[This post is unsuitable for people under 18.]
We have so called Dog Days now – it’s hot, it’s lazy time, it’s holiday time! The nights are to warm to sleep, we’d rather do something else instead, often naughty. And that did not change since the Antiquity.
Pompeii was an ancient Roman city in the Italian region of Campania. In the 1st century AD it had a population of approximately 11000 people (by that time in Naples the population was around 15000), it had a complex water system, the theatre, the amphitheatre, lots of shops and workshops…. And all that ended suddenly with the eruption of Vesuvius. The volcanic ashes buried the city on 24th August (*) 79 AD. Later discoveries revealed not only the buildings with their furniture and decoration, but also preserved shapes of human and animal bodies.
However, I do not want to write about a cataclysm today, but I would like to focus on the Pompeian frescoes. The first discovery of the buried city took place in the 16th century – in 1599 Domenico Fontana checked out some revealed frescoes and decided that they should be covered up again! It was not the Antique art one would expect, it was rather a pornography. Hiding back the frescoes probably saved them and the rediscovery took place in 1748. Excavations took decades and became more systematic since 1863, when Giuseppe Fiorelli took the charge.
The most pornographic depictions were found in a house that probably was a brothel; prostitution was quite popular in Pompeii, as there were various inscriptions discovered, containing the names and the prices of various services. Apparently it was all rather affordable as well – it seems that some services were available for the price of a loaf of bread. Man shall not live on bread alone: the ancient Romans knew that well. Public bathhouses or private homes were also decorated with clearly erotic depictions; some of them even contained the instructions, like the one below with the inscription “LENTE IMPELLE” (“insert it slowly” or “use gentle strokes”).
Obviously, that kind of art was unacceptable for the 19th century viewers. Not only the frescoes – there were also sculptures of that kind discovered in Pompeii. Some of the findings were exhibited in the Archeological Museum in Naples and one day the king of Naples, Francis I, visited the gallery, unfortunately along with his wife and daughter. The collection embarrassed him a lot; it is interesting by the way what scared him the most: the fact that his daughter saw that art, or the thought of what his wife may expect from him after learning the content of the exhibition. Anyway, he decided that women should not watch this kind of stuff.
As a result, in 1819 the collection was closed in the Secret Cabinet – however dirty this stuff was, it was to ancient to just throw it away. The Secret Cabinet was initially available for people of mature age and respected morals; also the frescoes left in Pompeii were hidden behind special cabinet-like constructions. Those could be opened only for male viewers, and of course it was extra charged. You never get a peep-show for free.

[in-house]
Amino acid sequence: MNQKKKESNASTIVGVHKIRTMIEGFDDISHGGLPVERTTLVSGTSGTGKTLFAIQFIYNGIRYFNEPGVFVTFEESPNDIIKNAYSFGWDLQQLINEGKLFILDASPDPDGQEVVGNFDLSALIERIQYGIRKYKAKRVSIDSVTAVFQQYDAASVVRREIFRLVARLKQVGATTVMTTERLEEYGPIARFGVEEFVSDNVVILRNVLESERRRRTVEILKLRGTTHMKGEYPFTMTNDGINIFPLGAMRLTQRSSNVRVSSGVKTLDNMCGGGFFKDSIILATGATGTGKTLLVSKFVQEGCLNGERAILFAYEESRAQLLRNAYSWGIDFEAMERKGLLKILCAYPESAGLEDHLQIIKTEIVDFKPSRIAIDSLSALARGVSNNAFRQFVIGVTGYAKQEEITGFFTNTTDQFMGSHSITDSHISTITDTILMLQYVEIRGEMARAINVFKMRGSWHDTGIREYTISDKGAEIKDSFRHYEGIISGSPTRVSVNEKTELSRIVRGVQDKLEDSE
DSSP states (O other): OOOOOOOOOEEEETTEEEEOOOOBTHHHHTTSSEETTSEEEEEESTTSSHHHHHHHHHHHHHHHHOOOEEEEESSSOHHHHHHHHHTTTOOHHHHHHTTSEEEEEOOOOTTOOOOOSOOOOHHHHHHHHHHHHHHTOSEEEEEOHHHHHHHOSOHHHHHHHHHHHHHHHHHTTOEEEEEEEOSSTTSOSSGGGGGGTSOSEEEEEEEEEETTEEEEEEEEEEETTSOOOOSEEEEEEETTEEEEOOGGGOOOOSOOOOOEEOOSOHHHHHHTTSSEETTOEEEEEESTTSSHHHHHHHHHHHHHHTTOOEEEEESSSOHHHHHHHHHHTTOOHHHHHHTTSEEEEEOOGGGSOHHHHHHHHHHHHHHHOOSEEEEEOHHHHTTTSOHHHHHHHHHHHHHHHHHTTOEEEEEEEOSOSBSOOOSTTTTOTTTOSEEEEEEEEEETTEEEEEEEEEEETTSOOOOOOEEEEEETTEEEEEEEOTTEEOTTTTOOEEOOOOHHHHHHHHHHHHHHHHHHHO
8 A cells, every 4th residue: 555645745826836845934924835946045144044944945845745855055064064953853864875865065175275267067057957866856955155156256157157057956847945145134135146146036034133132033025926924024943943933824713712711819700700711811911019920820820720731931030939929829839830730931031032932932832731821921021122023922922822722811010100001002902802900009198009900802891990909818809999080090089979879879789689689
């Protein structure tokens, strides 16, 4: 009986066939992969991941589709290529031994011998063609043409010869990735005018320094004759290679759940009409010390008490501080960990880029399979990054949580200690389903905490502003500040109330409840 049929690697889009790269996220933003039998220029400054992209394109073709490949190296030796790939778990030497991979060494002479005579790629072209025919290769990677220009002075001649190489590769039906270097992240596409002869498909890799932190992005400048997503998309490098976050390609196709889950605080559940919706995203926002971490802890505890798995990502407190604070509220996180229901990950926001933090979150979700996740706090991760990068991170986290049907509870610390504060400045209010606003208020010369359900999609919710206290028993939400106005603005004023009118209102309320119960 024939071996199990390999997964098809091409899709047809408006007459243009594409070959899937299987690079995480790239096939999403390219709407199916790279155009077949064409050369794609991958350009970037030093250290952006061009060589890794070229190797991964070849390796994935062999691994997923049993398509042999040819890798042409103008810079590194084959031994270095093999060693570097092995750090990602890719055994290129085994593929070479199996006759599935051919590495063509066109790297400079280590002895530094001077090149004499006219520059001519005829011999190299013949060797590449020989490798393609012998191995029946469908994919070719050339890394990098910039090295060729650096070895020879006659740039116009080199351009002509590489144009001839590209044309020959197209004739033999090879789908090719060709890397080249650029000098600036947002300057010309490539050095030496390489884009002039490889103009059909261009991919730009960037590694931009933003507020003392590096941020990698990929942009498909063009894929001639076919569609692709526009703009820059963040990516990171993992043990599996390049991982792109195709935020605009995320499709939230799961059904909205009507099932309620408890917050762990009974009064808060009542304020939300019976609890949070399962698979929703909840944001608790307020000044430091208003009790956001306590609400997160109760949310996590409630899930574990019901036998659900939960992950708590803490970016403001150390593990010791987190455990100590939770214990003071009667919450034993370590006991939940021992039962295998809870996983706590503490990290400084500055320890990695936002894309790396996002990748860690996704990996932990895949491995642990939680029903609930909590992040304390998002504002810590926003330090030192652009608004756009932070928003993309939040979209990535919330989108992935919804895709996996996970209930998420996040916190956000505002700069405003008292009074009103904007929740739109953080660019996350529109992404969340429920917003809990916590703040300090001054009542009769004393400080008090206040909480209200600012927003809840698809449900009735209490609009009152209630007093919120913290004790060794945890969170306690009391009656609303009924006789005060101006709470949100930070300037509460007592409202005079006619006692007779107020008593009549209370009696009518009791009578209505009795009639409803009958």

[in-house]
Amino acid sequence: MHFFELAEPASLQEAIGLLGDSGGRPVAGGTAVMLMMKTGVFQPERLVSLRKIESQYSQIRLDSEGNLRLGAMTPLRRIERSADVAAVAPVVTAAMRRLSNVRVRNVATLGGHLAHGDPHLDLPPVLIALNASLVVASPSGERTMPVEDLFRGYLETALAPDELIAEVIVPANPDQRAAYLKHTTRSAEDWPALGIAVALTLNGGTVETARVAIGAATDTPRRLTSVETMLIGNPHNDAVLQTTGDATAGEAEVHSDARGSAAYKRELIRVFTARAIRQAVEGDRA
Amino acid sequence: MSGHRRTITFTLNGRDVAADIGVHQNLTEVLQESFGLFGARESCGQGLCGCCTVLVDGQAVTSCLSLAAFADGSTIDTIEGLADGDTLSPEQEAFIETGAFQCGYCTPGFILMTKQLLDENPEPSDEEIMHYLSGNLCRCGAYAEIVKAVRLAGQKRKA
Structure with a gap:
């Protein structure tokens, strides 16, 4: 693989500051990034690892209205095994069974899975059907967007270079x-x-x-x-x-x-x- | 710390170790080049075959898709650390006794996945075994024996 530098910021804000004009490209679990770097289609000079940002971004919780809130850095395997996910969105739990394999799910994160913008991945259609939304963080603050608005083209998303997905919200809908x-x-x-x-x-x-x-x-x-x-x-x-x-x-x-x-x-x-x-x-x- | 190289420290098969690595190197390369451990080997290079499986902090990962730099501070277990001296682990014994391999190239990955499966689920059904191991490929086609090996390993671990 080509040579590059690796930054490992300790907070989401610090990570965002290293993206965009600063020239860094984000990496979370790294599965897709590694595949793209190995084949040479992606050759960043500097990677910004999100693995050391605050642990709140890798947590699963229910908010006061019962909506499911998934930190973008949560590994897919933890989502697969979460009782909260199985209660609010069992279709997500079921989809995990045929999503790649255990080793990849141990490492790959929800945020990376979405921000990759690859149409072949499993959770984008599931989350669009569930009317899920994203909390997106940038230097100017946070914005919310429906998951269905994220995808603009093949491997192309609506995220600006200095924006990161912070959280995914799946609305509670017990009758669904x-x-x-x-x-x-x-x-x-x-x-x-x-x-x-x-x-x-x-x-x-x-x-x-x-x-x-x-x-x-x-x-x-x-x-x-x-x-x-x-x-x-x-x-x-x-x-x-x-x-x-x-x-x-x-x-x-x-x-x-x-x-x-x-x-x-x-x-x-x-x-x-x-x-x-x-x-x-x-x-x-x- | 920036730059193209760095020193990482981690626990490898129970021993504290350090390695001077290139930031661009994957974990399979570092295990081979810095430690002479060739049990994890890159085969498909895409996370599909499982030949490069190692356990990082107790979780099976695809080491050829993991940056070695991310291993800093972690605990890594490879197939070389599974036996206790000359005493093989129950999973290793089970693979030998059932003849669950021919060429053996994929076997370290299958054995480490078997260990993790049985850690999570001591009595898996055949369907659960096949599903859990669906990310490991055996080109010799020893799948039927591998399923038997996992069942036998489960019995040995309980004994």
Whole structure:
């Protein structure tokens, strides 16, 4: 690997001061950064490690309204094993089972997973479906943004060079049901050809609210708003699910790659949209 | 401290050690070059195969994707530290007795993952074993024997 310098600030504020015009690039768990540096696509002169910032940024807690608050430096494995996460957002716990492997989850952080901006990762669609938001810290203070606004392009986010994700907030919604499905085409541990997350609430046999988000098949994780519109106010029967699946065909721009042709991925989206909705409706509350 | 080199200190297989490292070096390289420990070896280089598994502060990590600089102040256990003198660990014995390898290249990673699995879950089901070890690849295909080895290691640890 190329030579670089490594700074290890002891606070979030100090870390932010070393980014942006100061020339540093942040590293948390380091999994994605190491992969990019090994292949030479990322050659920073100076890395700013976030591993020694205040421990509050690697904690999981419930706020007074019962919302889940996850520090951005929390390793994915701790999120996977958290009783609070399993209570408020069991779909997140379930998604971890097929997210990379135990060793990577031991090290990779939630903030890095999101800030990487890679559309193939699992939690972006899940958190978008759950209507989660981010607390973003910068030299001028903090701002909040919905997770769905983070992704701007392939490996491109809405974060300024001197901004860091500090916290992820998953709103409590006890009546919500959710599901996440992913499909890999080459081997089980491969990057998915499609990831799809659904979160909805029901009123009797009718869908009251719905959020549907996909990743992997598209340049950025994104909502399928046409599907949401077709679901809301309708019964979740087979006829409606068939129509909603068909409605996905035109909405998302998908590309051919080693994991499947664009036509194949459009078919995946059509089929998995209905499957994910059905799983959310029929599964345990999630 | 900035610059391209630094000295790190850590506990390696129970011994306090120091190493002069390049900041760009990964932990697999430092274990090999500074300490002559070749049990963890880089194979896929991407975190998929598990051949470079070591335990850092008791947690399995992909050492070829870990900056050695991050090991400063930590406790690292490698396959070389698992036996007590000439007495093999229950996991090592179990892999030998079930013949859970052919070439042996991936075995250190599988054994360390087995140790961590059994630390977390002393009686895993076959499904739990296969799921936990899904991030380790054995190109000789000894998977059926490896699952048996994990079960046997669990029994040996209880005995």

The Secret Cabinet in Naples was even bricked up in 1849! For the next 150 years it was partially re-opened and closed back and forth and finally it has been opened for all the viewers in 2000! Of course nowadays both male and female tourists are welcomed, however the visitors under the age of 14 can tour the exhibit only with an adult or by their written permission. After all, we teach our children that the ancient culture is a foundation of European identity – and how does this go with the image of a satyr copulating with a goat?
For centuries the date of the Vesuvius eruption was assumed to have been August 24th, 79; it turned out that is not true! It was based on a letter by an eye-witness of the catastrophy, Pliny the Younger – but that letter was written over 25 years after the event, and most importantly – have not survived in original. It was published in 1508, based on medieval copies; so the text may had been corrupted. The given date has been questioned earlier, especially in the 20th and early-21st century, due to discoveries such us remains of autumn fruits, vessels filled with wine indicating it was after wine harvest, and heavier clothes on victims, suitable rather for autumn, not summer. But final proof was uncovered in 2018: a charcoal inscription, made probably a few days before eruption, bearing date October 17th. Most recent vulcanologists’ research led to establishing the date of Vesuvius’ eruption for 24-25 October 79. All the interdisciplinary research on the subject has recently been published on-line in “Earth-Science Reviews” (Volume 231): https://doi.org/10.1016/j.earscirev.2022.104072.